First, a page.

The franken-bait I melted together for the club tourney at Irrigon back in April. It is sitting in my tray next to my hotfoot at the bottom of the boat. It’s buried. Somehow I find it.
As soon as I tie it on, I want to cut it off… I’m really hoping they are still biting a spinnerbait.
I start with the spinnerbait and it secures a good one, but the jig is what catches flame. I would fill my 3 fish limit. Weigh an hourly winner, then run back and replace the fish I just weighed in almost no time. Just as fast, it was done. I’d get 6 good bites all day.
At this point, I was happy with 2 hourly checks. I think there were 4 hours left, and I had 3 solid fish in the livewell. I was committed less to fishing at this point, and thinking about a plan to win 3 of the last 4 hours with what I had. My area closer to the ramp felt shut down and I wasn’t going to try to enter my other area packing 3 good ones because I could have gotten stuck. Not worth it.
I’m headed back to the dock when I remember the extra weigh bag I had put in the boat for my BASS Qualifier co-anglers. The bag is gin-clear. Clear bags magnify what is inside. I had already weighed two giant fish. If I put any fish of size in this clear bag, people are going to think it’s a giant too.
I’m not sure if the clear bag made any difference in results, but it was a highly effective tool. It would dissuade people from weighing their fish. They’d question their own eyes and error on the side of caution by conceding the hour. It would make decision making difficult for everyone but me.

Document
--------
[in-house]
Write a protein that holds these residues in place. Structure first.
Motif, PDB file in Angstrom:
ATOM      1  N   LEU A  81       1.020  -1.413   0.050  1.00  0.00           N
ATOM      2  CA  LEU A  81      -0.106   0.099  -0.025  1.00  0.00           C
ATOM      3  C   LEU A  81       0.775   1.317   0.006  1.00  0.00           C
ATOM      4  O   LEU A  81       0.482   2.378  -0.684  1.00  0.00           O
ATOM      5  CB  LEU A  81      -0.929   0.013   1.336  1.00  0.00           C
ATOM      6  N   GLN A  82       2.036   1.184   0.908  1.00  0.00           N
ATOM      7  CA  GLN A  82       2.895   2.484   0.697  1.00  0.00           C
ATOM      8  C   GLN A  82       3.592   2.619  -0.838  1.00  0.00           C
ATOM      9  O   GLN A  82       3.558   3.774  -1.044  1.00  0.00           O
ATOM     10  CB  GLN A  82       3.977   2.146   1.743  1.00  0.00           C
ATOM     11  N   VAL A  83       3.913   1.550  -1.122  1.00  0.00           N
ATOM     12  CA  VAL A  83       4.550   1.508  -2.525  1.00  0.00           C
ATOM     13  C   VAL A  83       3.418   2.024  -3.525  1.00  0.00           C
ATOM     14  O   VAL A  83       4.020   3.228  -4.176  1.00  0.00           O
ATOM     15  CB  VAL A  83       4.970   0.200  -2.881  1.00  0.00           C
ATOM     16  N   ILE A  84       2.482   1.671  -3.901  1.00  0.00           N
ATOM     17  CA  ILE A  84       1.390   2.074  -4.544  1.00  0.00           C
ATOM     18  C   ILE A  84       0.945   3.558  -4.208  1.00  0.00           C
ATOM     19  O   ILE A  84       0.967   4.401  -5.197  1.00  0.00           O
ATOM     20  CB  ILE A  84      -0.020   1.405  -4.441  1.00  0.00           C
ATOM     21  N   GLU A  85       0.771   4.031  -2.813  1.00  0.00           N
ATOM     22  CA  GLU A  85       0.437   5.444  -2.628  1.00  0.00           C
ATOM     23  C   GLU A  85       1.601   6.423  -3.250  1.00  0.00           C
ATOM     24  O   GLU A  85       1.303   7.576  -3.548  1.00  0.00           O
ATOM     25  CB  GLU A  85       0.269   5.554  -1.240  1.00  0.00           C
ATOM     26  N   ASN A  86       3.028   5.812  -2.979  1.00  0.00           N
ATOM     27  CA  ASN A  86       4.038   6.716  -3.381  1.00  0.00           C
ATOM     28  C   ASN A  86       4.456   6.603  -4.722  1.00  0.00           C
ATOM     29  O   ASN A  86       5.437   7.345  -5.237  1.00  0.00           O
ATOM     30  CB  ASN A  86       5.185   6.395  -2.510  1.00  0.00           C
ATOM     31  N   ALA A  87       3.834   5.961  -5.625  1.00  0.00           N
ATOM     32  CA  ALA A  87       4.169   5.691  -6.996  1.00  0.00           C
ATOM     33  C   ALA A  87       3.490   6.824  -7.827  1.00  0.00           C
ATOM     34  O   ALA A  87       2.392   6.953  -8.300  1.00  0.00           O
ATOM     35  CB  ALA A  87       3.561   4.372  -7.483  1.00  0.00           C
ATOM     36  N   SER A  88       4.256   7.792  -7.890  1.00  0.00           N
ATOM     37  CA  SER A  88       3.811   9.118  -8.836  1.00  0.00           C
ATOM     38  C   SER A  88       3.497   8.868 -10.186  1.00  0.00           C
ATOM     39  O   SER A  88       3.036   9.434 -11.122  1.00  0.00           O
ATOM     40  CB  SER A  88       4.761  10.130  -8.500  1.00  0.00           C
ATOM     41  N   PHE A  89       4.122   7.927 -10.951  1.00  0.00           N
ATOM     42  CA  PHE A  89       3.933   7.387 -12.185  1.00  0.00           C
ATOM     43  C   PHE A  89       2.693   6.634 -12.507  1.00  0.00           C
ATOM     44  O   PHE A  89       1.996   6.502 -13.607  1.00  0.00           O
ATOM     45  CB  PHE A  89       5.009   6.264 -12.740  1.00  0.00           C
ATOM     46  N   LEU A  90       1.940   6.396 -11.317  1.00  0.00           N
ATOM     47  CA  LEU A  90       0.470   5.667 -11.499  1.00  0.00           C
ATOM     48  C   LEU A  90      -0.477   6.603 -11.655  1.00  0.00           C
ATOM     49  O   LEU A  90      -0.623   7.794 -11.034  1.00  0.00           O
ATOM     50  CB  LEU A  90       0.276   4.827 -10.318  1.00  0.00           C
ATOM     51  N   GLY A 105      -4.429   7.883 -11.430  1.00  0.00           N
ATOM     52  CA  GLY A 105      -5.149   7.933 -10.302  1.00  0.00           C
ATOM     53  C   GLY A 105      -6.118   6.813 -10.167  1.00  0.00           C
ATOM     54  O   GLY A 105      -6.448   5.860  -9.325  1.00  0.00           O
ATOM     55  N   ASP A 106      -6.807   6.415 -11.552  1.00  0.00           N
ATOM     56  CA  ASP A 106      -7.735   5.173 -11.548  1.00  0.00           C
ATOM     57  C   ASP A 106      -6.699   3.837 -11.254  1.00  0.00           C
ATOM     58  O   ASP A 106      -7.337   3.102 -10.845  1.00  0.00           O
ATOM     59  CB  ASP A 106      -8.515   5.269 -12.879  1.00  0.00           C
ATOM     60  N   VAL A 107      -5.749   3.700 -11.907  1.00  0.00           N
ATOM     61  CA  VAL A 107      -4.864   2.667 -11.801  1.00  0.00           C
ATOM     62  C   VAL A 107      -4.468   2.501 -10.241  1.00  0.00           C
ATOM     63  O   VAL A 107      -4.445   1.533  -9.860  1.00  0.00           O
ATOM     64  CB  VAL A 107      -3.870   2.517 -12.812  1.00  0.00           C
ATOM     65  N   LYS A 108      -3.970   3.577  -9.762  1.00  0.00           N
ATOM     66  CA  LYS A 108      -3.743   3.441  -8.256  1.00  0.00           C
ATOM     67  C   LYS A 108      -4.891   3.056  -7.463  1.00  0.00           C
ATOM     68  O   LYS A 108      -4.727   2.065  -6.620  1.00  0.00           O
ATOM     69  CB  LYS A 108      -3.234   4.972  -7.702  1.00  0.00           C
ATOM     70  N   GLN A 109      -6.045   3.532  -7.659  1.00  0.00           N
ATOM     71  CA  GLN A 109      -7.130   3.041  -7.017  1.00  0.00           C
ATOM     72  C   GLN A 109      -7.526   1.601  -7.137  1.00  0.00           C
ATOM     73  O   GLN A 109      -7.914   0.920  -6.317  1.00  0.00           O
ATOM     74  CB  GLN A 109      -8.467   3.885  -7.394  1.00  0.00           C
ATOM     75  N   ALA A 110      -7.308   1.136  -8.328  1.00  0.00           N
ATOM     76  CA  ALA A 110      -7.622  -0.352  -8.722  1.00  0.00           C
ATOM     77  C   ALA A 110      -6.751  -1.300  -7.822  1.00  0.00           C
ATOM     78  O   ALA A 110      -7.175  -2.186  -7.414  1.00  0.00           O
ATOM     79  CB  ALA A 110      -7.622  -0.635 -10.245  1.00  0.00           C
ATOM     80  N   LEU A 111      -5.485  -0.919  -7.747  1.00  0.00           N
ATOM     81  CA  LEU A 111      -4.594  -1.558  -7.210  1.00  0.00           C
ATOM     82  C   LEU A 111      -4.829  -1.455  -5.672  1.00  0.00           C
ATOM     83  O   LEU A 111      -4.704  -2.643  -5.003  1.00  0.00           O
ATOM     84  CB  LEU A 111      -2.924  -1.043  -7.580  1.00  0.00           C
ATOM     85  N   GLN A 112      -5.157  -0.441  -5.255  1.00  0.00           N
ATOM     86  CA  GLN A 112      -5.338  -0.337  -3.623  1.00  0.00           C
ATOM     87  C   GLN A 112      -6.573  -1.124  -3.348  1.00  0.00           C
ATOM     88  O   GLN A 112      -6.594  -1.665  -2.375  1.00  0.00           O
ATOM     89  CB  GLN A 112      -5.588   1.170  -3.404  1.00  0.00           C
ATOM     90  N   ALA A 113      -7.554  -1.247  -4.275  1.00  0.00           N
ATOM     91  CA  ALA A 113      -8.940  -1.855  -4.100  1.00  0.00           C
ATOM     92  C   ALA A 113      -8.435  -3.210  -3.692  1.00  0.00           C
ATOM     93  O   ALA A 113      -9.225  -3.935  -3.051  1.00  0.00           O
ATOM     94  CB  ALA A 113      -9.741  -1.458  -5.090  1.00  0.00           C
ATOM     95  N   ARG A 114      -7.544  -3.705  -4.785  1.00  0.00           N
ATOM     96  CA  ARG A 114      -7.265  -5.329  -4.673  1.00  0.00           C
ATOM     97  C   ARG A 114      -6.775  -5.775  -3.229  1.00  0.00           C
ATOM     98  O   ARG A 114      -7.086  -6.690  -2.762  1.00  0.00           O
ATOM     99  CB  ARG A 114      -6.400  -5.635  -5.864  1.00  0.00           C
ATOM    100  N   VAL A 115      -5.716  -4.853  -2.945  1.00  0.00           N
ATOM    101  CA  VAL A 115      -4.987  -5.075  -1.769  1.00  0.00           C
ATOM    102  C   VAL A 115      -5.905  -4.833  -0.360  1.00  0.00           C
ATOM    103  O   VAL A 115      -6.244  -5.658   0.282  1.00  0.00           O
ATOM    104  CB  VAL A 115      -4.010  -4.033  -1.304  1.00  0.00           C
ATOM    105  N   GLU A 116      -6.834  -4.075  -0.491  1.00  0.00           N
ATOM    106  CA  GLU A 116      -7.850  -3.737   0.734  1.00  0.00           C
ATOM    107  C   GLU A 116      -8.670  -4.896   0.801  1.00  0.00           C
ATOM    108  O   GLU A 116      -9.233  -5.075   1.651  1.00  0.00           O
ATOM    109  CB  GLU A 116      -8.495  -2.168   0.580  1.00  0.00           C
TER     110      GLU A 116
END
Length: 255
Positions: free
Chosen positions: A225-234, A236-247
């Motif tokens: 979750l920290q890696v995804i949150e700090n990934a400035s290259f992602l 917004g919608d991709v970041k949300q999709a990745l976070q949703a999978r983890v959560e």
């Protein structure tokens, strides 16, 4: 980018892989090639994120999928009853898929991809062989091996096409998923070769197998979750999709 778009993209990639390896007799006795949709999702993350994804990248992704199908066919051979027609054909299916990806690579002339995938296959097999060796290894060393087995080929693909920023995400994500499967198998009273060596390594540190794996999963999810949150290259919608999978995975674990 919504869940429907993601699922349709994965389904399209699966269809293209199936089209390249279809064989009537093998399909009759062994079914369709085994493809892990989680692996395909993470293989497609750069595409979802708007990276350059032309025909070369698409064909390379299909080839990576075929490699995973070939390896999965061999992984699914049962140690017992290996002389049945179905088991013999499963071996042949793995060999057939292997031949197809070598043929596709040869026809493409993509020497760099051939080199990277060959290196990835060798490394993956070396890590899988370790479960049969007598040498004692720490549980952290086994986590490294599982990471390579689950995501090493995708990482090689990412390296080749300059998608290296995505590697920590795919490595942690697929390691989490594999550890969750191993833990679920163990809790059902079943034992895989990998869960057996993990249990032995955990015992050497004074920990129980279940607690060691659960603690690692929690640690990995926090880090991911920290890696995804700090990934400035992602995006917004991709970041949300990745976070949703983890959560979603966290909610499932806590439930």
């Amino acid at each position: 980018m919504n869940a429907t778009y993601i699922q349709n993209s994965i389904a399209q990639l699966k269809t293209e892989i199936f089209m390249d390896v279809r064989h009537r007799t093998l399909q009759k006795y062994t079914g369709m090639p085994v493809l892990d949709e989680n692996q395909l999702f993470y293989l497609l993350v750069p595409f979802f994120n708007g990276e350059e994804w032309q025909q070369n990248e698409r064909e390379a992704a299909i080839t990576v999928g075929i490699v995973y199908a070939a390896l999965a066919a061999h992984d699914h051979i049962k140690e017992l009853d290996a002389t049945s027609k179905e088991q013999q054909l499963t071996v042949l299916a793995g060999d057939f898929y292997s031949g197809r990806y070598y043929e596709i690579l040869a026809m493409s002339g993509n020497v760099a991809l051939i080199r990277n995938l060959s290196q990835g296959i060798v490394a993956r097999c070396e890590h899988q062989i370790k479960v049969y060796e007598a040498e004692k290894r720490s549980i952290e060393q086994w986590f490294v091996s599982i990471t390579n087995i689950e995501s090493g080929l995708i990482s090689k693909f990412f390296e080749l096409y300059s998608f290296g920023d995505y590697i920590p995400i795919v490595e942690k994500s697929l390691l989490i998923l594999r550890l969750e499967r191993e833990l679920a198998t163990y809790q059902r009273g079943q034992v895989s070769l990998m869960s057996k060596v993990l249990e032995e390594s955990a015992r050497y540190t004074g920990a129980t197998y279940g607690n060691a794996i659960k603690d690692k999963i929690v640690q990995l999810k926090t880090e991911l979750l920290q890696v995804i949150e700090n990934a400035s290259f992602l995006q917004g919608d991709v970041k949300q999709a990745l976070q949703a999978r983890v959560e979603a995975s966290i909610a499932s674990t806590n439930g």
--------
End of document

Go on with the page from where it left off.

The 5 lb smalljaw
A guy claiming he had a 5.12 Yakima River fish kept coming to the scales. He was sneaky with it. Wouldn’t let anyone see. For about 4 hours in a row he folded his hand hoping the competition would be smaller the next hour. In the 2nd to last hour he was fed up. He ignored my plastic bag shenanigans and put it to the test. He had oversold the weight and came up a couple ounces short of a 4.63lb largemouth.
The final hour has no chatter. Weigh what you got. I put a 4.3 on the scale that I’d been carrying. It edged a 4.22 for my 5th hourly winner. Had the fellow with the smallmouth waited, he would have won the final hour by about a quarter pound.
- Casting accuracy. At one point, a boat fished in front of me. They were too far from the fish. The percentage of casts into the strike zone would have been too low to stack any odds.
- The right equipment. Alpha Angler Rods have helped secure 3 pieces of wood this year. This customer spinnerbait rod kept the big fish pinned despite my landing mistakes.
- The color choices of black and chartreuse on the jig and spinnerbait in stained water had to have helped even though all strikes were reactions. The baits were all engulfed.
- GOA subscription: Lots of good ideas that generate thoughts of your own. That’s what happened here.
- A 5/8oz jig roll casted in windy conditions had enough weight to “get there,” to generate a reaction, and light enough to avoid getting hung.
- Playing to win. I knew the rules and tried to weigh the smallest fish I had that would win. If someone folded with one bigger than what I had, I wouldn’t come back until I saw on Facebook that they weighed it. This helped me be efficient in a tournament where that is impossible.
Russ Baker and Limit Out ran a great tournament. His wife and others who put in the time to organize it are appreciated. He had me re-cap my day with a speech. It was kind of a ramble, but it was really honest. I think it went a little bit like this:
I don’t know about fate, but if you go back and re-read the timeline, it is odd how things piece themselves together.